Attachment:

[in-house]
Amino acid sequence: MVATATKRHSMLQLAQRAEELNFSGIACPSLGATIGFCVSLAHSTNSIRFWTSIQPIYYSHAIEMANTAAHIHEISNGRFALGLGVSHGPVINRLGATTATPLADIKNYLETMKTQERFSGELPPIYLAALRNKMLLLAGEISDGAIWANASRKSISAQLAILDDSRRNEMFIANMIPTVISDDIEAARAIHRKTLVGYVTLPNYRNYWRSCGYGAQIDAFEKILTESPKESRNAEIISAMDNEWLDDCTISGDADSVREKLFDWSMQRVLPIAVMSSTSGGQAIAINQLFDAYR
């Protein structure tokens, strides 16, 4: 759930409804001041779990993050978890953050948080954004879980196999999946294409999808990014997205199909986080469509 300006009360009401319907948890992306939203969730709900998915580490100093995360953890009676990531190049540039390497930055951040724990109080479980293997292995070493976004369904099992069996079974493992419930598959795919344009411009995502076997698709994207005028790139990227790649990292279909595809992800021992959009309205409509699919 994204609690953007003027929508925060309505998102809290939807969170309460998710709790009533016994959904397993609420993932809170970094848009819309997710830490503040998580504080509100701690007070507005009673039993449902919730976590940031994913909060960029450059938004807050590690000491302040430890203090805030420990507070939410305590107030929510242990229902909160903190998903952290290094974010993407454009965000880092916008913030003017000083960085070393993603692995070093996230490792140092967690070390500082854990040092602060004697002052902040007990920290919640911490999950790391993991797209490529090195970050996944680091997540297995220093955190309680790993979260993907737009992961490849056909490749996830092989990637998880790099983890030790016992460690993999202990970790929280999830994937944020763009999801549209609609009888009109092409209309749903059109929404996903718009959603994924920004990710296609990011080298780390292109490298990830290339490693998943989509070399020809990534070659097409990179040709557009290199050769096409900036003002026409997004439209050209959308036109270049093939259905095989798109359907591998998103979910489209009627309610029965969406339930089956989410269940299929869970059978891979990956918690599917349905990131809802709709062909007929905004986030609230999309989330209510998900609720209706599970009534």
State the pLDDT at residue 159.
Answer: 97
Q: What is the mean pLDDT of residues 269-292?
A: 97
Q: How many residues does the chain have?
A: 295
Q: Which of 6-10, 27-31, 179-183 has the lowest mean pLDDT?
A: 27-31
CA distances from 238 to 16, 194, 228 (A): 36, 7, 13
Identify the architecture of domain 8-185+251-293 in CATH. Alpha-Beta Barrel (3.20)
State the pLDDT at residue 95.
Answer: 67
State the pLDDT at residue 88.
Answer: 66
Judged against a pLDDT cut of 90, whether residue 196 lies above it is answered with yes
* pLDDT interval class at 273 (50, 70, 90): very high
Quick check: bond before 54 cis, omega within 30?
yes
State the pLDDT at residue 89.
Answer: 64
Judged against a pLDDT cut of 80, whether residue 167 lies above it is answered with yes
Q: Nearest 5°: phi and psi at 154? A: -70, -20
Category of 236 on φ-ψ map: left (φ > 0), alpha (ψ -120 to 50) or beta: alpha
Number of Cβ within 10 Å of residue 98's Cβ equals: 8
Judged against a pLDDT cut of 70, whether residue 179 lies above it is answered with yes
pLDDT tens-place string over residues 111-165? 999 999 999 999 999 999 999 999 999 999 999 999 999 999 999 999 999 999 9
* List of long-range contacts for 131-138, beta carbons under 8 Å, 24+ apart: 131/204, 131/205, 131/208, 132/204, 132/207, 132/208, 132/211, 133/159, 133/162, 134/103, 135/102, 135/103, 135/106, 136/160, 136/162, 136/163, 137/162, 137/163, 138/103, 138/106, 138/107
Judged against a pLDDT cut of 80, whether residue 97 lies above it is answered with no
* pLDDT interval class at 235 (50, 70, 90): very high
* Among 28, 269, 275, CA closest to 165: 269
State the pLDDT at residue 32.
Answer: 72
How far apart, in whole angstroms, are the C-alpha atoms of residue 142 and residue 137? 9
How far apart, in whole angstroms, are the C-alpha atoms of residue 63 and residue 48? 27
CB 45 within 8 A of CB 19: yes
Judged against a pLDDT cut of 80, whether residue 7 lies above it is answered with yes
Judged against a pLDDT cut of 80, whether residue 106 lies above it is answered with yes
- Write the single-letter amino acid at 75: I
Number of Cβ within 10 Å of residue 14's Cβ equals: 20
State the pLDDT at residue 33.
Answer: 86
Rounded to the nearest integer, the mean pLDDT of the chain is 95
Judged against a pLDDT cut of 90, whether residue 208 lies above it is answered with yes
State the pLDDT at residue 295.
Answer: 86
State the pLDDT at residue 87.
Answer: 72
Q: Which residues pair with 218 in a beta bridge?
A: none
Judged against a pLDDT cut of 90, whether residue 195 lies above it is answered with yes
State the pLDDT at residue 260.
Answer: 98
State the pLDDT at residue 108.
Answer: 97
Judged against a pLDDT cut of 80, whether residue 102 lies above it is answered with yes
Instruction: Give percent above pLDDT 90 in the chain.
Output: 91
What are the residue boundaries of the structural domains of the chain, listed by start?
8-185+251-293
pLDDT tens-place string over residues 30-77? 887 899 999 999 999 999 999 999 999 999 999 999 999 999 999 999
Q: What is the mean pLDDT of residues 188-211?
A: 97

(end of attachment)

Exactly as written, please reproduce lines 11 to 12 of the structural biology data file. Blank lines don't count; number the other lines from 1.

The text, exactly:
A: 27-31
CA distances from 238 to 16, 194, 228 (A): 36, 7, 13